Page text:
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Charlotte Amalie
Wednesday, February 8, 2023
HomeNewsArchivesOff-Island Profile: Edward Mitchell

Off-Island Profile: Edward Mitchell

Aug. 19, 2007 — Edward Mitchell was a typical teen growing up in an area of St. Croix most would charitably describe as “rough." He got into scrapes in school, followed the wrong crowd and somehow escaped serious trouble.
But he turned out anything but typical. On the mainland, Mitchell, 30, has pursued a career in banking that has led him to his present job, working for CitiGroup in their Anti-Money Laundering Unit in Tampa, Fla., while studying toward a master's degree in business administration.
His next goal? Returning to St. Croix to run for the V.I. Senate.
“I think young people who have moved off-island should come back home to live," Mitchell said. “The advantages are that you are surrounded by family and friends and you have an opportunity to contribute to the advancement and success of our people and our island.
"The disadvantages is that there are not enough job opportunities and cost of goods is not regulated by our government, so there is cost inflation. We must welcome our college graduates that return home and provide on-the-job training so they could contribute to the advancement of the islands.”
Mitchell's story can stand as a model for troubled youth, an example that one’s life can be turned around.
Growing up in Estate Williams Delight, Mitchell was surrounded by unsavory lifestyles. Crime and drugs were commonplace. If not for the good foundation given to him by his parents Francis and Fedina Edward, his life could have ended up down a very different path.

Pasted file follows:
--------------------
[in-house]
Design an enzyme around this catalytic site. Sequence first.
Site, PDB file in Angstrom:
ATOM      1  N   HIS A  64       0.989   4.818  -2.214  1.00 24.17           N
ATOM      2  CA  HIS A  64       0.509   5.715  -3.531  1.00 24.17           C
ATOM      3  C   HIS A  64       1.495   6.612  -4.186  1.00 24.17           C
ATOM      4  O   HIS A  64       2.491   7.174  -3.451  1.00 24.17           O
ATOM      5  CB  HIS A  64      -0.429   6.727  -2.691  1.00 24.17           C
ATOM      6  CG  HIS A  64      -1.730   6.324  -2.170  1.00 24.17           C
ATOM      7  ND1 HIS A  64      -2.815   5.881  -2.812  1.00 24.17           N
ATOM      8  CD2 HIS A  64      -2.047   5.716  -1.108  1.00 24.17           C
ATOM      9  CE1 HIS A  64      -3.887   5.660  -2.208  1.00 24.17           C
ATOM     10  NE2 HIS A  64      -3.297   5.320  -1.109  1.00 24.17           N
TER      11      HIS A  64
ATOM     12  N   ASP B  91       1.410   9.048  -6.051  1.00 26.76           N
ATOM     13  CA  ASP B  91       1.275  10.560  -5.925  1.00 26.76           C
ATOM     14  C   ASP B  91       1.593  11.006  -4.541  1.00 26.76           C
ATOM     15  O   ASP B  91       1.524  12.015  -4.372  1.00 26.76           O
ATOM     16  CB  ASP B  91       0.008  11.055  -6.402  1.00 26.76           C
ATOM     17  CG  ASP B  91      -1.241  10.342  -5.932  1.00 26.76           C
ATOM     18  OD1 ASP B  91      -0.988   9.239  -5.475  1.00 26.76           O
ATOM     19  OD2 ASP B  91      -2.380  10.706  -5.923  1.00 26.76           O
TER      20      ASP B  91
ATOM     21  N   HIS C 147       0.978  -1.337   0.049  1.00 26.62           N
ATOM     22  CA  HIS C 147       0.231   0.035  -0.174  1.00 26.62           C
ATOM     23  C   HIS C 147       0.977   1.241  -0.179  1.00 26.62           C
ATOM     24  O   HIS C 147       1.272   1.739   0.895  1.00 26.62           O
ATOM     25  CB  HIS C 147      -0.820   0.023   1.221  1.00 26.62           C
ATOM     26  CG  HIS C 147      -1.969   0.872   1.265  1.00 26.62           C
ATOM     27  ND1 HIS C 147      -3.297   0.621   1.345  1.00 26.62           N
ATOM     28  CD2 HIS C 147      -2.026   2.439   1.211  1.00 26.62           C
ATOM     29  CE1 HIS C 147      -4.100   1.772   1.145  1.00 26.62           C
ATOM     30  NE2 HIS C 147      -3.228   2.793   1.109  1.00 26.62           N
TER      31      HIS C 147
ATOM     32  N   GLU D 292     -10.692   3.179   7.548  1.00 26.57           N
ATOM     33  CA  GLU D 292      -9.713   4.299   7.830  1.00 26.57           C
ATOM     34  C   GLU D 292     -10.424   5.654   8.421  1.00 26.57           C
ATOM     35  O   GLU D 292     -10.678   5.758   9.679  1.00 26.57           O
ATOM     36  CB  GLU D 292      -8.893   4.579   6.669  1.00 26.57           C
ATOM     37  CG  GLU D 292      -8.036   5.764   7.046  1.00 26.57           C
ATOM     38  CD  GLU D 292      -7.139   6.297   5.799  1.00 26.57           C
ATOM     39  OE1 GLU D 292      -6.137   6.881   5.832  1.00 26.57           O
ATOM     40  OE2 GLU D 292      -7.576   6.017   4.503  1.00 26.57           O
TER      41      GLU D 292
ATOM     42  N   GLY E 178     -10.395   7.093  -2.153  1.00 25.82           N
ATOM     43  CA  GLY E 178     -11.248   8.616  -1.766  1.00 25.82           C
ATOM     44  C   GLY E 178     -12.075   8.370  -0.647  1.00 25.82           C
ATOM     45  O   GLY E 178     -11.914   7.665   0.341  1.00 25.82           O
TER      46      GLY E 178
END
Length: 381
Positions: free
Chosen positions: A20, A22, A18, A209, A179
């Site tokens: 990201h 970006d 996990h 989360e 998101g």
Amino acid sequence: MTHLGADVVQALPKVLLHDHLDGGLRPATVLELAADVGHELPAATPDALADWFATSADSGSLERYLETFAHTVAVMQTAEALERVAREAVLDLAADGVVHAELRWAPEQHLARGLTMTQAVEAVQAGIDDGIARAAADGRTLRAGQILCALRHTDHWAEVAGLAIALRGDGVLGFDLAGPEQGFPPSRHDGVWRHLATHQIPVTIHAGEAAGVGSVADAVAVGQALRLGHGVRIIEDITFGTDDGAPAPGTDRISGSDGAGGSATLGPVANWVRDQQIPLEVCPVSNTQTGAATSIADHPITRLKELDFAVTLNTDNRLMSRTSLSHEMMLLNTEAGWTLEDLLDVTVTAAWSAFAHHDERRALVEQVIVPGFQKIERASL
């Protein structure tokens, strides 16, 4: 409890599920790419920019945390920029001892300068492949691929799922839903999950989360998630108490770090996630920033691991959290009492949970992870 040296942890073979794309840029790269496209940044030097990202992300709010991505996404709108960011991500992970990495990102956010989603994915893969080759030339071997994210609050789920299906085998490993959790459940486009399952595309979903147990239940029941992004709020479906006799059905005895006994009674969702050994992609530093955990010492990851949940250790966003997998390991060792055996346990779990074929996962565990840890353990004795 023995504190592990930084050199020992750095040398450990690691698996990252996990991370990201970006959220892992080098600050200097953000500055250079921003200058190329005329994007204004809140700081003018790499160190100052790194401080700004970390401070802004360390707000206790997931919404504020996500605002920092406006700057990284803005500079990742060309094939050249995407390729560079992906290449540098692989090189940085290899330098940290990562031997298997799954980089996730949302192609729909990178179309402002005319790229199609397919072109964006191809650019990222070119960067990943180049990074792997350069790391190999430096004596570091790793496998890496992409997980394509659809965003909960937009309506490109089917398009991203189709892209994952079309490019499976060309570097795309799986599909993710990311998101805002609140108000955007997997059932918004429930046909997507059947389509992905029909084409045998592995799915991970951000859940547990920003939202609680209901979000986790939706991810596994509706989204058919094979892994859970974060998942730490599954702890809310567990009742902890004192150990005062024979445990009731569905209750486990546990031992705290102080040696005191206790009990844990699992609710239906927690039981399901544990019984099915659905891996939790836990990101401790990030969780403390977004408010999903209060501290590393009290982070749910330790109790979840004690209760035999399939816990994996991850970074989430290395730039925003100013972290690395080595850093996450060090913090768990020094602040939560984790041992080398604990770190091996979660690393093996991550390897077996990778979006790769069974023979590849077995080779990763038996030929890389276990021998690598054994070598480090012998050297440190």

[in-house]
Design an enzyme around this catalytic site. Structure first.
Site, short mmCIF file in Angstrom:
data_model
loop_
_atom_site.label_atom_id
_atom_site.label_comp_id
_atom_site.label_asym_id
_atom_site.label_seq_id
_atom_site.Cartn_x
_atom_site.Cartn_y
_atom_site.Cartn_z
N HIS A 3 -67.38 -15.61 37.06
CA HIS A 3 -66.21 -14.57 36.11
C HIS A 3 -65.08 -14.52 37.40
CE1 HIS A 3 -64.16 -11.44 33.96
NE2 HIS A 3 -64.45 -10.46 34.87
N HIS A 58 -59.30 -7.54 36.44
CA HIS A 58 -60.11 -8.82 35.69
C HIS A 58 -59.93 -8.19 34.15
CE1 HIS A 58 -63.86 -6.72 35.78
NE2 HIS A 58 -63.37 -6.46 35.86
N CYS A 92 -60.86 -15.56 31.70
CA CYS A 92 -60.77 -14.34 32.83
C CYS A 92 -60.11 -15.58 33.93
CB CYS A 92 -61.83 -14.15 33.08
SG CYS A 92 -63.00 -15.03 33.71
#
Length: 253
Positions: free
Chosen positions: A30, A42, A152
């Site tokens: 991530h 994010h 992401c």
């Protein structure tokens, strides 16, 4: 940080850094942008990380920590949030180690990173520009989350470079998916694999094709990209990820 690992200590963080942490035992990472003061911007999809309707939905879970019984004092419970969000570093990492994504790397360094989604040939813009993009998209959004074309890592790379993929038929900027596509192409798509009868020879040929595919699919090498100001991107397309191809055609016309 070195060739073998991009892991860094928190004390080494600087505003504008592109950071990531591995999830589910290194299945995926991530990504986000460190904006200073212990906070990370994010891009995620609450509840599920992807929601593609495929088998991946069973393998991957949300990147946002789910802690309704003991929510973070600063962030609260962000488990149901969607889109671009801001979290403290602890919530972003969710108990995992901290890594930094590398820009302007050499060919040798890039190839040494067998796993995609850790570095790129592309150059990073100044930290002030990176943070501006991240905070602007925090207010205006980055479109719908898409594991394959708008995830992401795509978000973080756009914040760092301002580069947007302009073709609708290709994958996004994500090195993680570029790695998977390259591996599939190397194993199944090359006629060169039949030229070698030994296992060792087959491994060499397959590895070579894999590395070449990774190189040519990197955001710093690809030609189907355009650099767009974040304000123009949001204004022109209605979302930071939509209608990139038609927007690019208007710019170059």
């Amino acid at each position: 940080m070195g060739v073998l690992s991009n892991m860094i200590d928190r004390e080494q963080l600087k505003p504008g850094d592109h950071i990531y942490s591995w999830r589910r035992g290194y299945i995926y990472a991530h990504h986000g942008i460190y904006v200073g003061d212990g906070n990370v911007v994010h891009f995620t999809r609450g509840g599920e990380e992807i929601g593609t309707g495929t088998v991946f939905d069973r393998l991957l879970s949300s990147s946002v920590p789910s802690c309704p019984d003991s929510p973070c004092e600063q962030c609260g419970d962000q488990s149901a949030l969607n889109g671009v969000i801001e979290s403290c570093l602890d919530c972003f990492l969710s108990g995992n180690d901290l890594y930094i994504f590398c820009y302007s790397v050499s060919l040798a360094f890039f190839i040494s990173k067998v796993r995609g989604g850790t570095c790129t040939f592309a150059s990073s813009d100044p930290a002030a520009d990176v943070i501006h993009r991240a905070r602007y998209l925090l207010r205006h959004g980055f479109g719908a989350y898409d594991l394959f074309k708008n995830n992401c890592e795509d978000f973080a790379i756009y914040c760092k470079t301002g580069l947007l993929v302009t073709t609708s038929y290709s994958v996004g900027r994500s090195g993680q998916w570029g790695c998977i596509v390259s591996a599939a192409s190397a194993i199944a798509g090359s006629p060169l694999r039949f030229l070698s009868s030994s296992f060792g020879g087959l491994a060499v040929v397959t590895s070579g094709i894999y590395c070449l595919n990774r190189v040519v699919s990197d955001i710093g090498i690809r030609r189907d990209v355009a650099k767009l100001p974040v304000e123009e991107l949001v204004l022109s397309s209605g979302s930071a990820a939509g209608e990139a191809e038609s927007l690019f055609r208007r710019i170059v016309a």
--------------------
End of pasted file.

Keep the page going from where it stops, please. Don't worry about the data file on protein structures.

“My parents worked hard and did everything in their power to raise me right, but the streets got a hold of me,” he said.
Mitchell’s road to success was fraught with challenges. His school life was a constant battle with authority.
“Like many teens I felt making my name known, building a bad boy reputation, and representing my 'hood was important, but it came with consequences,” Mitchell said.
“Junior high school for me was my hardest school years, because like many teens you’re trying to determine or identify who you are and want to be,” Mitchell said.
“You’re looking for role models outside your home who are unfortunately sometimes the neighborhood drug dealers, stickup person, or thief, who are sadly victims of bad situations themselves. You’re easily influenced by television and music which can promote criminal activity."
The fourth of five children, several of Mitchell’s older siblings had already left St. Croix to attend college by the time he got to high school. But his grades and attendance deteriorated, and he was forced to withdraw and attend night school.
Finally, his parents made the decision to send him to live with an older sister in Florida.
In a new environment, Mitchell apparently was able to focus on school, and his life started to turn around.
He graduated high school with a 3.6 GPA and went on to community college, later attending the University of South Florida where he graduated with a bachelor's degree in psychology.
Since then, Mitchell has worked in a variety of capacities for JP Morgan Chase, the stock brokerage company of Gunn Allen Financial and Countrywide Financial.
Mitchell has his sights set on returning to St. Croix and utilizing his life experience to make a positive change.
"As a senator I would work to create new jobs, support and provide funding for small business, fund and support vocational programs for young adults, work with and provide funding for law to create new jobs, support and provide funding for small business, vocational programs, law enforcement, and seek tourist attractions to boost the economy,” Mitchell said.
Additionally, he said, he would regulate government spending, provide funding for education and increase teachers' pay.
He advises young people to “stay positive even when most of what they’ve done was negative. Never give up. There’s no limit to what you can accomplish as long as you work hard for it.”
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